Marco: What would you say is the one thing where most developers go wrong with Spring?
Siva: One common mistake many people, who are new to Spring or even new to Java, do is directly jumping onto Spring Boot.
A newbie can build a Spring Boot application by simply following Spring Boot guides or any blog post without much struggle. But it all looks magical because they don’t know how and why it is working.
If a developer knows how to configure and use Spring without Spring Boot then it is very easy to understand how Spring Boot works.
Marco: What project(s) would you recommend to build in order to get more practice with Spring?
Siva: The pattern I followed and I recommend to newbies to learn Spring (or any framework) is as follows:
Create a lot of small applications to learn/practice specific features
Build small end-to-end applications like TodoList or a Blog that covers from front-end to back-end so that we can learn Web layer using SpringMVC, transaction handling at Service layer, Database integration using Spring Data JPA.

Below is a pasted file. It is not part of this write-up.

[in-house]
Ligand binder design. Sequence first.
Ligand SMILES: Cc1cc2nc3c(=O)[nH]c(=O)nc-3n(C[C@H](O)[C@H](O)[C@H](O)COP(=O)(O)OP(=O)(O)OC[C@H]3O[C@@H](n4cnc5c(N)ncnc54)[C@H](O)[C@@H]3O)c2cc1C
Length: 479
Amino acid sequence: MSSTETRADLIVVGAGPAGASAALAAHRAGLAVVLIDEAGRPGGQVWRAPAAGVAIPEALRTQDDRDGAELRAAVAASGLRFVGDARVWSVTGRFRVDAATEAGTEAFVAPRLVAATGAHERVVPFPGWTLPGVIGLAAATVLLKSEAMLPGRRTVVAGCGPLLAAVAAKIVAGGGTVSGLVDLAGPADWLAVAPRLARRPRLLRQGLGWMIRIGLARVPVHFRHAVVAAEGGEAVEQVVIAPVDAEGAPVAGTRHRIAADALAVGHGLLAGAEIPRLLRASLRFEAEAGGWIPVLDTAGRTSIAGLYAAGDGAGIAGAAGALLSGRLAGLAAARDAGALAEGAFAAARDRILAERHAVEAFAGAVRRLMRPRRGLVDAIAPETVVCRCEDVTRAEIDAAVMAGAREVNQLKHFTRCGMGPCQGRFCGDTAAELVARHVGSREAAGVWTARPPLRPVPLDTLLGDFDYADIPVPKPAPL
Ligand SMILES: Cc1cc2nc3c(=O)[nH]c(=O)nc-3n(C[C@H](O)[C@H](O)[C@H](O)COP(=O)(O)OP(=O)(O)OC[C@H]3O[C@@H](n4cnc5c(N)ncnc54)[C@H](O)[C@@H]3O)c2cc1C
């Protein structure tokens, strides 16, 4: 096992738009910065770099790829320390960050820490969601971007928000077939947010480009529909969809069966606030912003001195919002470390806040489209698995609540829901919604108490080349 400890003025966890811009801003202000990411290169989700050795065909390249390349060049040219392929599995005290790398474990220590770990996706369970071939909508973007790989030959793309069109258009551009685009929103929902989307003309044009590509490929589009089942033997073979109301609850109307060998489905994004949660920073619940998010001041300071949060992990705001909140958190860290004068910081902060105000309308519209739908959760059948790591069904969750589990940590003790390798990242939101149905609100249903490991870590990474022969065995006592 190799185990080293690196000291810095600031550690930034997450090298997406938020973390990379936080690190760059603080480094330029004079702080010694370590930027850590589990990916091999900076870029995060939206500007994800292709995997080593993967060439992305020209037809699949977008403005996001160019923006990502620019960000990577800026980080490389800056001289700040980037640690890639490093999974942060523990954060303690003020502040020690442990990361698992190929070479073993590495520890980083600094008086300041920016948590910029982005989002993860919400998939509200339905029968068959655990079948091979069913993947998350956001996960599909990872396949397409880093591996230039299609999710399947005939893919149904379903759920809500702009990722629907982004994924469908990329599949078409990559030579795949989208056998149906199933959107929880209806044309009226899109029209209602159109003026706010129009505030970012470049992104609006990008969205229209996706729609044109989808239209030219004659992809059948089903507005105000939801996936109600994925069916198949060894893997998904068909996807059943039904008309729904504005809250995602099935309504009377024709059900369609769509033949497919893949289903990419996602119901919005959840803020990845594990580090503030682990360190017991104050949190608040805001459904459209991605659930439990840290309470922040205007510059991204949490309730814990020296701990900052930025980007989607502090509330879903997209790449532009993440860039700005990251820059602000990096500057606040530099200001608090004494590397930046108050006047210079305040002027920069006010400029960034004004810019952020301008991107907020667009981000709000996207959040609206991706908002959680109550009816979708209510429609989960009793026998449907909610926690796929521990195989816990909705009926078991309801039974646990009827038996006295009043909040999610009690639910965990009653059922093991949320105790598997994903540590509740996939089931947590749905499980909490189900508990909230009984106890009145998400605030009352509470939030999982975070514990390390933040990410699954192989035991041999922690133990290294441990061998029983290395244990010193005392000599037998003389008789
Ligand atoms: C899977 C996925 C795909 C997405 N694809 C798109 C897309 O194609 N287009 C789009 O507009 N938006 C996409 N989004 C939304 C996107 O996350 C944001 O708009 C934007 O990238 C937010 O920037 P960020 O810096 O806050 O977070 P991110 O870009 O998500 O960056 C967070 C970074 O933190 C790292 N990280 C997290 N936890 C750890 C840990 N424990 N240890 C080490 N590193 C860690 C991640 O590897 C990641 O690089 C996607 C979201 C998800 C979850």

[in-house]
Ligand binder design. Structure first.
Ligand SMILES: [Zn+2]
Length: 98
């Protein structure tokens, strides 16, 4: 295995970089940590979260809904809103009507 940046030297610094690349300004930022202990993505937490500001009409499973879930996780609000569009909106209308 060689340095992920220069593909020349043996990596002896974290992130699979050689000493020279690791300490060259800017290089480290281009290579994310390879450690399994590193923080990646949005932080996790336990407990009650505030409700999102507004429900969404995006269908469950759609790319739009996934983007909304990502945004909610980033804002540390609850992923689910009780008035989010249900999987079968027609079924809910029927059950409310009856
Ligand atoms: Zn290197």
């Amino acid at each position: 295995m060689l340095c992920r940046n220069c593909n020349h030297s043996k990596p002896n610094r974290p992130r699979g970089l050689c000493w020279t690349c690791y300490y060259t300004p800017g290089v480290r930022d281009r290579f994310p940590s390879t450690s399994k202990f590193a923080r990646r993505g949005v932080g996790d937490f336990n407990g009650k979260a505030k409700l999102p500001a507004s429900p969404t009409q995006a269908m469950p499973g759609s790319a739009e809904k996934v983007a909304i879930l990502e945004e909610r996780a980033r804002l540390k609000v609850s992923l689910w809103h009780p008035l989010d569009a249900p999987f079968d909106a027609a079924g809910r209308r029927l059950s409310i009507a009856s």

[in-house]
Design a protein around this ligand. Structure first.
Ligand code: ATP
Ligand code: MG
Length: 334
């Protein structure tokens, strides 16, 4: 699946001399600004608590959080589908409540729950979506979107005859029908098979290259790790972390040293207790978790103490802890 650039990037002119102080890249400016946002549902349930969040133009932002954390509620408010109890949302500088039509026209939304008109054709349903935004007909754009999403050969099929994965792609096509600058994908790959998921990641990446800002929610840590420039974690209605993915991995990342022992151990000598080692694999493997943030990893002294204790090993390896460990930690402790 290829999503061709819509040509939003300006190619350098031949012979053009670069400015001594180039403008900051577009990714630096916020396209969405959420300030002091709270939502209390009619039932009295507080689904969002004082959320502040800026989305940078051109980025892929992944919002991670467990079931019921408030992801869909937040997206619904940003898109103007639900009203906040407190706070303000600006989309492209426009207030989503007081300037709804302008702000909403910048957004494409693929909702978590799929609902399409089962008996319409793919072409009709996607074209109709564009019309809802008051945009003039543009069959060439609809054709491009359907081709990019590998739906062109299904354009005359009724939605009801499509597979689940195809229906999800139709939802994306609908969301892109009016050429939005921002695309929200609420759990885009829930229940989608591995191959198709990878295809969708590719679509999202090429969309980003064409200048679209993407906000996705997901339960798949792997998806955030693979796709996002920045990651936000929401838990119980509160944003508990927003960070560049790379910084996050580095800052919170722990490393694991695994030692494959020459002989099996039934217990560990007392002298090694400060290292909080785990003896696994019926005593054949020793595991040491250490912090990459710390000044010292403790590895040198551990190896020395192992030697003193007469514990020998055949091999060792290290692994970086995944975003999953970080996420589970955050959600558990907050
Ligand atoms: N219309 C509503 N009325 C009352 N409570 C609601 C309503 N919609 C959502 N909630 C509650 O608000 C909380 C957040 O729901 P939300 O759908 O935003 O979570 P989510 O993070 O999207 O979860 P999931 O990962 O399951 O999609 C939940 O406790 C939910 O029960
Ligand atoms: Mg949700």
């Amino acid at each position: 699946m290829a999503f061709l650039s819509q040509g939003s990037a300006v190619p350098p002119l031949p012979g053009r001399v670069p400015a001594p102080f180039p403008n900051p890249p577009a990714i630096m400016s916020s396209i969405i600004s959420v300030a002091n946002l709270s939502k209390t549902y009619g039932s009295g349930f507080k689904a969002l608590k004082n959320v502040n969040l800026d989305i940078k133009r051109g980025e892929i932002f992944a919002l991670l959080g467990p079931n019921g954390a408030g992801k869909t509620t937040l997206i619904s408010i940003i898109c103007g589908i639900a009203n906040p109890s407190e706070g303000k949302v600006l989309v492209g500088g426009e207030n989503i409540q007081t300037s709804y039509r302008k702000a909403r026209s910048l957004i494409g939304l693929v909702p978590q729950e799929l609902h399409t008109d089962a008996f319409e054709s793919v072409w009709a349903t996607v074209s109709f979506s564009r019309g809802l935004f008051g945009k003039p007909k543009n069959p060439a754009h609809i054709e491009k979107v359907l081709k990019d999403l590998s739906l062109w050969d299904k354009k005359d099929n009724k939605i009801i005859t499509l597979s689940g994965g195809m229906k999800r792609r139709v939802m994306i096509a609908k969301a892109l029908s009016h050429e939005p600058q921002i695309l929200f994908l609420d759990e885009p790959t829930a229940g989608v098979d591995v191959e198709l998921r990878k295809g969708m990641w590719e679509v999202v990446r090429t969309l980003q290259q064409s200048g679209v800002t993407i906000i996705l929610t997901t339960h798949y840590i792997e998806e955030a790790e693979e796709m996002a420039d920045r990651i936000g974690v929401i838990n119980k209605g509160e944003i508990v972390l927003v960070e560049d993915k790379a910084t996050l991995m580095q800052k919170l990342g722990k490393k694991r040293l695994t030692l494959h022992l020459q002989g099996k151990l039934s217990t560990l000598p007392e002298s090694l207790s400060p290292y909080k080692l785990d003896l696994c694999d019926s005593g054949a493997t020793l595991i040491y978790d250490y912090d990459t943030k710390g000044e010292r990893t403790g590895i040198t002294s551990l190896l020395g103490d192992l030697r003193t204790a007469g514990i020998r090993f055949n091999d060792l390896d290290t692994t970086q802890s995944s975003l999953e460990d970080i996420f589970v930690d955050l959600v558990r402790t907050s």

Build slightly more complex applications like a shopping cart which may involve building multiple modules, consuming 3rd party services, sending emails, scheduling jobs etc.
The key is to practice writing a lot of code, observe what can be improved, automate/abstract boilerplate code.
Marco: Would you still invest time in learning Spring based on servlets and JDBC, or go straight into reactive Spring?
Siva: Still 90% of the projects that I worked on are use SpringMVC, RDBMS using JPA/MyBatis/JooQ. I think Reactive Programming is still a niche technology and hasn’t been adopted widely especially in large enterprises. So, I strongly suggest learning servlets and JDBC which are the foundation for many of the frameworks.
Marco: With the advent of client-side frameworks (React, VueJS, Angular), what’s your take on writing web applications with server-side template rendering, like Thymeleaf? Is that now legacy?